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Abstract

Affirmative action (AA) addresses individuals' exclusion from opportunities based on group membership by taking into account race, sex, ethnicity, and other characteristics. This chapter reviews sociological, economic, historical, and legal scholarship on AA. We first consider the emergence of group-based remedies, how protected groups are defined, and proportional representation as a standard for inclusion. We then summarize the research on AA in education (including busing) and in employment. The concluding section reviews societal responses to AA, including attitudes, challenges, and political responses. As public and judicial support for AA has waned, employers and educators have increasingly turned toward diversity as a rationale for including underrepresented groups. Despite this change, many employers and educators continue to take positive steps to include minorities and women.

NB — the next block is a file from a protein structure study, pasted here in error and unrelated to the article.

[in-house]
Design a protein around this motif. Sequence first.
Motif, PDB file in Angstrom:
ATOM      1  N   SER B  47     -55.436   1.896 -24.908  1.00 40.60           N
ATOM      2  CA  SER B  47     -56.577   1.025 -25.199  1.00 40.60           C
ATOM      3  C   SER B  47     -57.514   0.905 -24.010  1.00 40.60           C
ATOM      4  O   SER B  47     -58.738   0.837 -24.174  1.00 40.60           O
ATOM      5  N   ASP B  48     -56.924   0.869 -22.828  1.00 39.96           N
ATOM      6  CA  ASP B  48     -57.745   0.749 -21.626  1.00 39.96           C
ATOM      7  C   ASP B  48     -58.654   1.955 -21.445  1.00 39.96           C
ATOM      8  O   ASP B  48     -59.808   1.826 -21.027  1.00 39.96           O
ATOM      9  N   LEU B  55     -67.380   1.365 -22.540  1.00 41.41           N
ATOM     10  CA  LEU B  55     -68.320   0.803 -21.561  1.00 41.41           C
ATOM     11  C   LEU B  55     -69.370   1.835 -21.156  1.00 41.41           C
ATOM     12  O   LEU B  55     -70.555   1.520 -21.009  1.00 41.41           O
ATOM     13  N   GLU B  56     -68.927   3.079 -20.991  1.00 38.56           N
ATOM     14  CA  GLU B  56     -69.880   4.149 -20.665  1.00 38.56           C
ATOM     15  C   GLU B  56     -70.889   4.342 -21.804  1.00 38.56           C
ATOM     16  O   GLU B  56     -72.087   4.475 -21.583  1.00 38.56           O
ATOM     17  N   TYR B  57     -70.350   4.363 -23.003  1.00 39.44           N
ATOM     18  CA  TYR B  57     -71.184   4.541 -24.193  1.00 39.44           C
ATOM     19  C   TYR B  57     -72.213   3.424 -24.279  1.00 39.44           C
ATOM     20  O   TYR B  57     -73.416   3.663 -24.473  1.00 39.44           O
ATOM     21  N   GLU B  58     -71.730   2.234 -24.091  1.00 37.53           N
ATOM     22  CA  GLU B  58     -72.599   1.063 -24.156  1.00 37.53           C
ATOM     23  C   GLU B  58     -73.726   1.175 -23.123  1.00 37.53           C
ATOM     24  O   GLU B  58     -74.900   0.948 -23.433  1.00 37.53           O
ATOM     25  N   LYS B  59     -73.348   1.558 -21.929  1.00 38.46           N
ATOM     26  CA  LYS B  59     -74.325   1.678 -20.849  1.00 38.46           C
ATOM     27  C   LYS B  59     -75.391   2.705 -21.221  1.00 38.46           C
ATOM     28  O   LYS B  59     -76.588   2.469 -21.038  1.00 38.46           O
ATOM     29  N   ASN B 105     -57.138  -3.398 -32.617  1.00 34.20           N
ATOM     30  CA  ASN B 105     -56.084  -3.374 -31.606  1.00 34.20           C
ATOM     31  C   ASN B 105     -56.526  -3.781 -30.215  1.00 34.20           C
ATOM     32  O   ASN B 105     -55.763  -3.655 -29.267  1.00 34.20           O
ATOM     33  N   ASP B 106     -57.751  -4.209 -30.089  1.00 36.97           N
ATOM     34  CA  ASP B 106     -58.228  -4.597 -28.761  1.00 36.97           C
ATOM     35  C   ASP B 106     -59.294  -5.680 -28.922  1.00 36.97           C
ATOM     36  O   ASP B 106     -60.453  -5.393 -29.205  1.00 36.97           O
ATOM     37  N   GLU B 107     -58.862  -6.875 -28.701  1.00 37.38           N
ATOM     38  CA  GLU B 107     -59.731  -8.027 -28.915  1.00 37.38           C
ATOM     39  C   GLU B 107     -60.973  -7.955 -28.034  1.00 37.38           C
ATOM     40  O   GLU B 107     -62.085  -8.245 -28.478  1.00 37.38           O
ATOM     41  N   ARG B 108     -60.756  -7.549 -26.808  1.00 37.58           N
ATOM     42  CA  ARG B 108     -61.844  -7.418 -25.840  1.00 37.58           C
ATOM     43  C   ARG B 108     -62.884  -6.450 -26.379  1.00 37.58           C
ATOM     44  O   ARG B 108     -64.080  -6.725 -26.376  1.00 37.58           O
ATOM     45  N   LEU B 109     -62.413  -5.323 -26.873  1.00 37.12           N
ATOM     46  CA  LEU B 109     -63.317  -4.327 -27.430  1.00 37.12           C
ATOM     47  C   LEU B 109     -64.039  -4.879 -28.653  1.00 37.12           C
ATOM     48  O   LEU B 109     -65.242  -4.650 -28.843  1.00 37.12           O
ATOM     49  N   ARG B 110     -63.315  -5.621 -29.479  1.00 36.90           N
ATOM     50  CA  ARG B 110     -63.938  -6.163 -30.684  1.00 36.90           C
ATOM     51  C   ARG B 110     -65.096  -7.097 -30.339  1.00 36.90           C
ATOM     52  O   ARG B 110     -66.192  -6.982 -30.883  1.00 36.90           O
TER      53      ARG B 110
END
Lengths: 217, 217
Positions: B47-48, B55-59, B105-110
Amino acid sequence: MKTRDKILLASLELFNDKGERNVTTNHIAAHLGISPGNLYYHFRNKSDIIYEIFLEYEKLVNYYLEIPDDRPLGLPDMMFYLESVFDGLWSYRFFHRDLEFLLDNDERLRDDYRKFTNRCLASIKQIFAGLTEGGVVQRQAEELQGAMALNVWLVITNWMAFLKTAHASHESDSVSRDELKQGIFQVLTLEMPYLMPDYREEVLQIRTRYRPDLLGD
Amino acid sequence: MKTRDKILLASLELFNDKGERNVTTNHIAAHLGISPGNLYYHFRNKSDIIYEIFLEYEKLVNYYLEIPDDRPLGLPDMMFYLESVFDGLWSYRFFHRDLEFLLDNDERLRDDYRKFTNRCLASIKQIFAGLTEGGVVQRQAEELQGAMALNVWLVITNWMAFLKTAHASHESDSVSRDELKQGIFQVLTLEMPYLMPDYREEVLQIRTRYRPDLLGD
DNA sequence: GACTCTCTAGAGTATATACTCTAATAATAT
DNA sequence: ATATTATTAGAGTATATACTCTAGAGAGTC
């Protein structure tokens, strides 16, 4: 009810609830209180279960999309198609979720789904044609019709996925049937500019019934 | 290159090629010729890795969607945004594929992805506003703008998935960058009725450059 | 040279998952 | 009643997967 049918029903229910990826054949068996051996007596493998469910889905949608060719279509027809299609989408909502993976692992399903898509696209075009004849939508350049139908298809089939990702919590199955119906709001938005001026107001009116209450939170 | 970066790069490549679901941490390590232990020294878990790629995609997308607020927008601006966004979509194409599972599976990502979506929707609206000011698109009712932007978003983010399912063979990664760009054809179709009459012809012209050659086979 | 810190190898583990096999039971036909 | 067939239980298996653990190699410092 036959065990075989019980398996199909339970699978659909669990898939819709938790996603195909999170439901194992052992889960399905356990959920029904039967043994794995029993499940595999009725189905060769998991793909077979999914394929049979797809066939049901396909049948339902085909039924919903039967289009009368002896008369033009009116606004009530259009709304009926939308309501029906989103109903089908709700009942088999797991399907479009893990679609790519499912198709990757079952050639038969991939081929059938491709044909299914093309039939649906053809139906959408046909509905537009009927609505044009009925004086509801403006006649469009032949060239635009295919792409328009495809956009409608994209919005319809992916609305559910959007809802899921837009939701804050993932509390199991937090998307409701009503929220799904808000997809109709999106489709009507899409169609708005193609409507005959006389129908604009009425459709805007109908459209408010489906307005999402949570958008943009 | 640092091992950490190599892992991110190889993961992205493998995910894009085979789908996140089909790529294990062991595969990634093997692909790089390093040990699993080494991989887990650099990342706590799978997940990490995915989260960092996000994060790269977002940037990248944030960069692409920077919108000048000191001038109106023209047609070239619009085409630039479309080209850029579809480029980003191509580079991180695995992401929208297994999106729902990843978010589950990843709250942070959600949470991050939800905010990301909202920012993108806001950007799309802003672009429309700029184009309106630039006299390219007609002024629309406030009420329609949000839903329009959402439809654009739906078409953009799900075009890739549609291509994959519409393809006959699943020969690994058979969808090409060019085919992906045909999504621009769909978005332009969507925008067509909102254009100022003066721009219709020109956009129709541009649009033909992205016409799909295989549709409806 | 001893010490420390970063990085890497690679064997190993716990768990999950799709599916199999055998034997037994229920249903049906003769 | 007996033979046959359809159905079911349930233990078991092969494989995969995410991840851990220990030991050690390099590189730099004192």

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/content/journals/10.1146/annurev.soc.31.041304.122155
2005-08-11
2024-04-14
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/content/journals/10.1146/annurev.soc.31.041304.122155
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  • Article Type: Review Article
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